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These Colors Didnít Run

Here are some photos of the Tomahawk flag that I helped put up when it was new and took it down a day or two after Tomahawk was over run in June.

It means alot to me...........it is my only keep sake that I was able to bring back. I was wounded in the Ashau in July and all of my other things, like war souvenirs, weren't sent with me when I was medivaced to Japan. The only reason I still have it is because I had carried it in my personal box (7.62 ammo box) with some tapes and a few letters.

All of the damage to the flag is battle damage.......the flag was new when I and some of the guys put up the pole at the CP, some time around early May. We didn't have any rope to tie it to the pole so the only thing we had to do the job, was a cord from a poncho liner which you can still see is attached on the upper left corner.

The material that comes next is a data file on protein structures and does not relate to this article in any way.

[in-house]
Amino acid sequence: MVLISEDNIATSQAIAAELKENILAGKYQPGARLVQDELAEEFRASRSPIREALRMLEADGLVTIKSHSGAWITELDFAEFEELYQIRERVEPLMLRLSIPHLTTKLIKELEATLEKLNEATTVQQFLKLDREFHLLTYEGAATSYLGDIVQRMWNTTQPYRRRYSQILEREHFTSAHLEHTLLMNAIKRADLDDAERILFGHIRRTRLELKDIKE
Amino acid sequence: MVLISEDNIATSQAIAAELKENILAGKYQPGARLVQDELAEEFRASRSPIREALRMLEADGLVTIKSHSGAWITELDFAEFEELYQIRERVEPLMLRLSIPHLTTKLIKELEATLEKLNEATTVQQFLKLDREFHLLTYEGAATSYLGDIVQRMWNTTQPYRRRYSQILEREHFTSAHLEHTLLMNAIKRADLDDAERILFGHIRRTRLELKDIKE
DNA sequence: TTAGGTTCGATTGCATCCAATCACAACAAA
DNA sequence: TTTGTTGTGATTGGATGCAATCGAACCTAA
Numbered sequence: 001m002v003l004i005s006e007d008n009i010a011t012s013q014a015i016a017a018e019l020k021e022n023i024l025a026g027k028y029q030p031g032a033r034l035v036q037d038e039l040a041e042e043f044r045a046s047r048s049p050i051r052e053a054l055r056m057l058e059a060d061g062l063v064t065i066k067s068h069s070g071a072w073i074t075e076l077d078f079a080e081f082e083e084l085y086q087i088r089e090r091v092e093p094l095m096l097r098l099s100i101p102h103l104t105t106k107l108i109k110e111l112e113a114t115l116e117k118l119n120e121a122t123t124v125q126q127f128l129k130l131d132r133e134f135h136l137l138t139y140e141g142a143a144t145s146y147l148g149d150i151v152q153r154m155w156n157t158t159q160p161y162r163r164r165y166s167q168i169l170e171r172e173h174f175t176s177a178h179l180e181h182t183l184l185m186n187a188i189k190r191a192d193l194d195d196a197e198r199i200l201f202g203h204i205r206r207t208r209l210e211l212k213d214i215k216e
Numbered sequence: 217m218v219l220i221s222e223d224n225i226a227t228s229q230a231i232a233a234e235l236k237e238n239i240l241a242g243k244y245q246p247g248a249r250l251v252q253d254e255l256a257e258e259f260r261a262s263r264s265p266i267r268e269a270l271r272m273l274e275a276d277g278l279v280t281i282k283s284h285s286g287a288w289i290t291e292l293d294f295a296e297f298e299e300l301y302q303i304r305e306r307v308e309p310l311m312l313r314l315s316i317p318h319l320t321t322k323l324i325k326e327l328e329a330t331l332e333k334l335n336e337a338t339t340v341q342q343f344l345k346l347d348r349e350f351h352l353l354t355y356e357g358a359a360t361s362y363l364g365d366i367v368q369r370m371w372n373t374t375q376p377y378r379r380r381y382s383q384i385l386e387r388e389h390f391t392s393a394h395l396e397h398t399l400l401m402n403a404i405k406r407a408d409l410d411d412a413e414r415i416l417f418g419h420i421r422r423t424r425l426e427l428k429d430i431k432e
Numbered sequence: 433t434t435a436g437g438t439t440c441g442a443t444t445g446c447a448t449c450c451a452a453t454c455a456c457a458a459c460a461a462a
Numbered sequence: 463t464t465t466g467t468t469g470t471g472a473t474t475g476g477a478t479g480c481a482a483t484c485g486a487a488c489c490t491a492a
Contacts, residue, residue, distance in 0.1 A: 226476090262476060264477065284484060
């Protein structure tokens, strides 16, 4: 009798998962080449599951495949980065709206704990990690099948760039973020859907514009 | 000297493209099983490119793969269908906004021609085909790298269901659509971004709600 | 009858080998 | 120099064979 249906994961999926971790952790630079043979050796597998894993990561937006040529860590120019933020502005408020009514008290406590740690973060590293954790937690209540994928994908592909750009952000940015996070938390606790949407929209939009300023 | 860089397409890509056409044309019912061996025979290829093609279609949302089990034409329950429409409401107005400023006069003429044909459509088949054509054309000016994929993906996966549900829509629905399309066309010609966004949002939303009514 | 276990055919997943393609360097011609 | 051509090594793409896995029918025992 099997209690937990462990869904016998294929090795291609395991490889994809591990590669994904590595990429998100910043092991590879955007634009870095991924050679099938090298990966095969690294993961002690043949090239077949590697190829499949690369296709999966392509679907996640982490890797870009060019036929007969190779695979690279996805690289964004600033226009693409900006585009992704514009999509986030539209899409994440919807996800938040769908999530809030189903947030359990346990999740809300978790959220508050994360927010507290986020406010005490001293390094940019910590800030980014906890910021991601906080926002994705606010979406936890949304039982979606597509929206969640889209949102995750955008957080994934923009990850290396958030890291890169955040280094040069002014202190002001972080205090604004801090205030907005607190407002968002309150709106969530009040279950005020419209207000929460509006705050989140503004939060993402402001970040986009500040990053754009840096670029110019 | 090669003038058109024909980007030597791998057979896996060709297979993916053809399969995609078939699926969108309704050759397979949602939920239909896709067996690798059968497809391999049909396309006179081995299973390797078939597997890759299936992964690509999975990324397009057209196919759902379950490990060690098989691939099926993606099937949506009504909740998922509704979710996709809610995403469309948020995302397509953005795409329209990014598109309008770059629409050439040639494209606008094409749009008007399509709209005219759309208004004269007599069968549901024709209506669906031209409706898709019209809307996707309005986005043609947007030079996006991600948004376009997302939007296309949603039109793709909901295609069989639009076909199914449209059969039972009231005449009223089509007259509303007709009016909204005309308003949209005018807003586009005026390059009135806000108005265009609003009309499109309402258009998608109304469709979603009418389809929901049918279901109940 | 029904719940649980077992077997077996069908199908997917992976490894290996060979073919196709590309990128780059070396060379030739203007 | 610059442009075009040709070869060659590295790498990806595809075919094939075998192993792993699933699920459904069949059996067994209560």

I never knew how many men were KIA that night and I would like to know more about the Guardsmen that were there. I'll try to keep this story brief.

My stay at Tomahawk

I was sent to Tomahawk some time in early May with 3rd Plt. 1/327. We had been pulling ambushes in the Loc Nock cemetery area, about 10 clicks south, and going to Tomahawk was a good relief from humping.

When we got there some of the bunkers were already there (don't know who built them) but we needed more. We spent the next month building bunkers out of empty 105 shell boxes filled with dirt, 12 X 12 timbers, PSP for the roofs, and sand bags.